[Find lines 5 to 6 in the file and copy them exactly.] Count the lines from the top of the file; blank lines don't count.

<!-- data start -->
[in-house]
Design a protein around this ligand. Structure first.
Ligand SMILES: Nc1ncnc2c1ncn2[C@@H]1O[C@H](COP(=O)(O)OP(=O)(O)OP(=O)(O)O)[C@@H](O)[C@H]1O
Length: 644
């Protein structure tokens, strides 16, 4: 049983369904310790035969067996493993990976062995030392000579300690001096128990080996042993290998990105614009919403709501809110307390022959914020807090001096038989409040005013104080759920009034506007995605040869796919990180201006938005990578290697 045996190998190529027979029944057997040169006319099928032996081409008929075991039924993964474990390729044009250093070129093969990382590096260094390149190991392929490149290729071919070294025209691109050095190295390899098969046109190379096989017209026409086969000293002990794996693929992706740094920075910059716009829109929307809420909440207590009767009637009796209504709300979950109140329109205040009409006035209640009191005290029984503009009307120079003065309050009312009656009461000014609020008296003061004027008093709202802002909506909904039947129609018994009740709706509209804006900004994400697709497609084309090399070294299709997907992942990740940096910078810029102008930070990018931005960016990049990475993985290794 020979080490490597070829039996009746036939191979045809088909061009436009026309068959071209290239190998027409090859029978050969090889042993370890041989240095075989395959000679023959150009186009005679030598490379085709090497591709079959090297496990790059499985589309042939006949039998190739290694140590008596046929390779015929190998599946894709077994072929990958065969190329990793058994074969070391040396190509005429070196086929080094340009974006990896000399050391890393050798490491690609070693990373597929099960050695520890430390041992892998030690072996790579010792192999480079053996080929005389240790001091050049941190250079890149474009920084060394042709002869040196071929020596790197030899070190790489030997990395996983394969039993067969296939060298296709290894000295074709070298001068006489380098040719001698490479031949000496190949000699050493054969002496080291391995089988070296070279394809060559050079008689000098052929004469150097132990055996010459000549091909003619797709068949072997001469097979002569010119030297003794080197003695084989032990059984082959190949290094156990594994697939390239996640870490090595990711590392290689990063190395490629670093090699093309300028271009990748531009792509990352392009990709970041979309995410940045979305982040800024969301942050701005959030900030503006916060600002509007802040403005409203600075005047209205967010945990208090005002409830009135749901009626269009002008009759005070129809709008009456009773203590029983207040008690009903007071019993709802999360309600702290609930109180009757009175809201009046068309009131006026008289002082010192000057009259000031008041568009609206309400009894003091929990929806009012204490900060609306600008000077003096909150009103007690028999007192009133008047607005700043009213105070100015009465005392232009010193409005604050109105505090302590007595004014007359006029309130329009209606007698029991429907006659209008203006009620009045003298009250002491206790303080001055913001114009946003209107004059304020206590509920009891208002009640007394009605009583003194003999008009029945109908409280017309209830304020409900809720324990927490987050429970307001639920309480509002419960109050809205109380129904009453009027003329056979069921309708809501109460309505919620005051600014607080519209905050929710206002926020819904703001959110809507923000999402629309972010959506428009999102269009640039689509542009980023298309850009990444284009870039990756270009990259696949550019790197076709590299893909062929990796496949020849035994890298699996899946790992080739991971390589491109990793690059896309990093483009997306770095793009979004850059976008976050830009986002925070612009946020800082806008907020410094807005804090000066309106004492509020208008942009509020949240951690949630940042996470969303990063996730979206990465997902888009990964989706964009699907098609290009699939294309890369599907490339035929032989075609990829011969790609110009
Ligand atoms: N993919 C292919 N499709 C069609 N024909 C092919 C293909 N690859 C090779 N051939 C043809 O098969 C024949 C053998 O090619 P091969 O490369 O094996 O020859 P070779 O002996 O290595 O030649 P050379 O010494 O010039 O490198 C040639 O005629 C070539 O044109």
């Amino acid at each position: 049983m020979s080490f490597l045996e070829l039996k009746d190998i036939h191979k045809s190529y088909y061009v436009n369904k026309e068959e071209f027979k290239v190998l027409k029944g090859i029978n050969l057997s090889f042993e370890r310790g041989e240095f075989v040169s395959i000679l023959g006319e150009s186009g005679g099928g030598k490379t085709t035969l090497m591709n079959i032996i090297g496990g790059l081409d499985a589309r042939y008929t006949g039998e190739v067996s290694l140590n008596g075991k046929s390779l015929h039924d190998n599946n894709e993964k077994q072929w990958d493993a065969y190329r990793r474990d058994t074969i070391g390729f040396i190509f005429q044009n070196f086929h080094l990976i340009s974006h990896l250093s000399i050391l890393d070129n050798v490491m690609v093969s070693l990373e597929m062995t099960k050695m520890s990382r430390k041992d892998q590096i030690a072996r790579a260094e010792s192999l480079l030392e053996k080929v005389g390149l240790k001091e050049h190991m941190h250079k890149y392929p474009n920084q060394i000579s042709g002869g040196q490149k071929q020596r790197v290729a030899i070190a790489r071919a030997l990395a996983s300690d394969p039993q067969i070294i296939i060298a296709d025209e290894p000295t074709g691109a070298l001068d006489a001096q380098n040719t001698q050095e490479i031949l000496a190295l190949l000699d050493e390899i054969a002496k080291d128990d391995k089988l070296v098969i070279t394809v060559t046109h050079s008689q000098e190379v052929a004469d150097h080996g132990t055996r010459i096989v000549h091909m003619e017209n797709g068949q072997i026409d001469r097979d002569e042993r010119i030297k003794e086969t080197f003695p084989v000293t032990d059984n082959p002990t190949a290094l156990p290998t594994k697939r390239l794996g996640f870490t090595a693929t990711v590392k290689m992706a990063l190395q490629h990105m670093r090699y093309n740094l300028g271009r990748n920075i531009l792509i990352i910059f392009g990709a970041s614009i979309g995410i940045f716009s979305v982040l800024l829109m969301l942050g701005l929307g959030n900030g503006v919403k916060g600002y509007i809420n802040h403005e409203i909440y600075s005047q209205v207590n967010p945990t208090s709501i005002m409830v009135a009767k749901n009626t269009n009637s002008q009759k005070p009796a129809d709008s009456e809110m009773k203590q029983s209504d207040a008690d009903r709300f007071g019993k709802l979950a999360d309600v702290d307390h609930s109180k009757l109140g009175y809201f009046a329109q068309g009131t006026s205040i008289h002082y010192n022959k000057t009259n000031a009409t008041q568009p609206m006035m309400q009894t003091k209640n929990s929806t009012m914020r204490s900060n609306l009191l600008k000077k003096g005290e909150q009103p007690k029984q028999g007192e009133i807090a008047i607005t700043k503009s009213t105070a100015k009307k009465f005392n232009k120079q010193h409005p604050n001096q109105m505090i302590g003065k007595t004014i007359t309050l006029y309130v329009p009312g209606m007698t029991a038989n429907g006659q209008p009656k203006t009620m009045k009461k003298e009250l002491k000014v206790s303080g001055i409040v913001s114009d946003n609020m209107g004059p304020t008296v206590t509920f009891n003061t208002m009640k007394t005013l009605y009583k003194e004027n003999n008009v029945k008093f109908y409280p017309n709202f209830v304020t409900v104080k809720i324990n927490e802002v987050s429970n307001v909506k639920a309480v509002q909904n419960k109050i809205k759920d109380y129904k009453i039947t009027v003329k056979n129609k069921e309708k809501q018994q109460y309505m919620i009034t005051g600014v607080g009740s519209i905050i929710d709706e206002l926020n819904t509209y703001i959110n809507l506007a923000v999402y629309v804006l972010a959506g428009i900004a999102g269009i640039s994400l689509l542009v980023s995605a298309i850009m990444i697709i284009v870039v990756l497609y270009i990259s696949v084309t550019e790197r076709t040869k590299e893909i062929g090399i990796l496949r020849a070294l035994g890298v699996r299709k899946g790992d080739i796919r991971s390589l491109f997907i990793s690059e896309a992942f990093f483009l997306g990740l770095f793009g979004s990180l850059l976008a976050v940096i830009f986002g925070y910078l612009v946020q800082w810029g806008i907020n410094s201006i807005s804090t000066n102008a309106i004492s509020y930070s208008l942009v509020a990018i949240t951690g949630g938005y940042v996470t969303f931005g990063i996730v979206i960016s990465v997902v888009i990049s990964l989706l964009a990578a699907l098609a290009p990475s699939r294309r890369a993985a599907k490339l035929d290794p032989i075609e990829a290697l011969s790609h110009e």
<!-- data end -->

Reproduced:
């Protein structure tokens, strides 16, 4: 049983369904310790035969067996493993990976062995030392000579300690001096128990080996042993290998990105614009919403709501809110307390022959914020807090001096038989409040005013104080759920009034506007995605040869796919990180201006938005990578290697 045996190998190529027979029944057997040169006319099928032996081409008929075991039924993964474990390729044009250093070129093969990382590096260094390149190991392929490149290729071919070294025209691109050095190295390899098969046109190379096989017209026409086969000293002990794996693929992706740094920075910059716009829109929307809420909440207590009767009637009796209504709300979950109140329109205040009409006035209640009191005290029984503009009307120079003065309050009312009656009461000014609020008296003061004027008093709202802002909506909904039947129609018994009740709706509209804006900004994400697709497609084309090399070294299709997907992942990740940096910078810029102008930070990018931005960016990049990475993985290794 020979080490490597070829039996009746036939191979045809088909061009436009026309068959071209290239190998027409090859029978050969090889042993370890041989240095075989395959000679023959150009186009005679030598490379085709090497591709079959090297496990790059499985589309042939006949039998190739290694140590008596046929390779015929190998599946894709077994072929990958065969190329990793058994074969070391040396190509005429070196086929080094340009974006990896000399050391890393050798490491690609070693990373597929099960050695520890430390041992892998030690072996790579010792192999480079053996080929005389240790001091050049941190250079890149474009920084060394042709002869040196071929020596790197030899070190790489030997990395996983394969039993067969296939060298296709290894000295074709070298001068006489380098040719001698490479031949000496190949000699050493054969002496080291391995089988070296070279394809060559050079008689000098052929004469150097132990055996010459000549091909003619797709068949072997001469097979002569010119030297003794080197003695084989032990059984082959190949290094156990594994697939390239996640870490090595990711590392290689990063190395490629670093090699093309300028271009990748531009792509990352392009990709970041979309995410940045979305982040800024969301942050701005959030900030503006916060600002509007802040403005409203600075005047209205967010945990208090005002409830009135749901009626269009002008009759005070129809709008009456009773203590029983207040008690009903007071019993709802999360309600702290609930109180009757009175809201009046068309009131006026008289002082010192000057009259000031008041568009609206309400009894003091929990929806009012204490900060609306600008000077003096909150009103007690028999007192009133008047607005700043009213105070100015009465005392232009010193409005604050109105505090302590007595004014007359006029309130329009209606007698029991429907006659209008203006009620009045003298009250002491206790303080001055913001114009946003209107004059304020206590509920009891208002009640007394009605009583003194003999008009029945109908409280017309209830304020409900809720324990927490987050429970307001639920309480509002419960109050809205109380129904009453009027003329056979069921309708809501109460309505919620005051600014607080519209905050929710206002926020819904703001959110809507923000999402629309972010959506428009999102269009640039689509542009980023298309850009990444284009870039990756270009990259696949550019790197076709590299893909062929990796496949020849035994890298699996899946790992080739991971390589491109990793690059896309990093483009997306770095793009979004850059976008976050830009986002925070612009946020800082806008907020410094807005804090000066309106004492509020208008942009509020949240951690949630940042996470969303990063996730979206990465997902888009990964989706964009699907098609290009699939294309890369599907490339035929032989075609990829011969790609110009
Ligand atoms: N993919 C292919 N499709 C069609 N024909 C092919 C293909 N690859 C090779 N051939 C043809 O098969 C024949 C053998 O090619 P091969 O490369 O094996 O020859 P070779 O002996 O290595 O030649 P050379 O010494 O010039 O490198 C040639 O005629 C070539 O044109």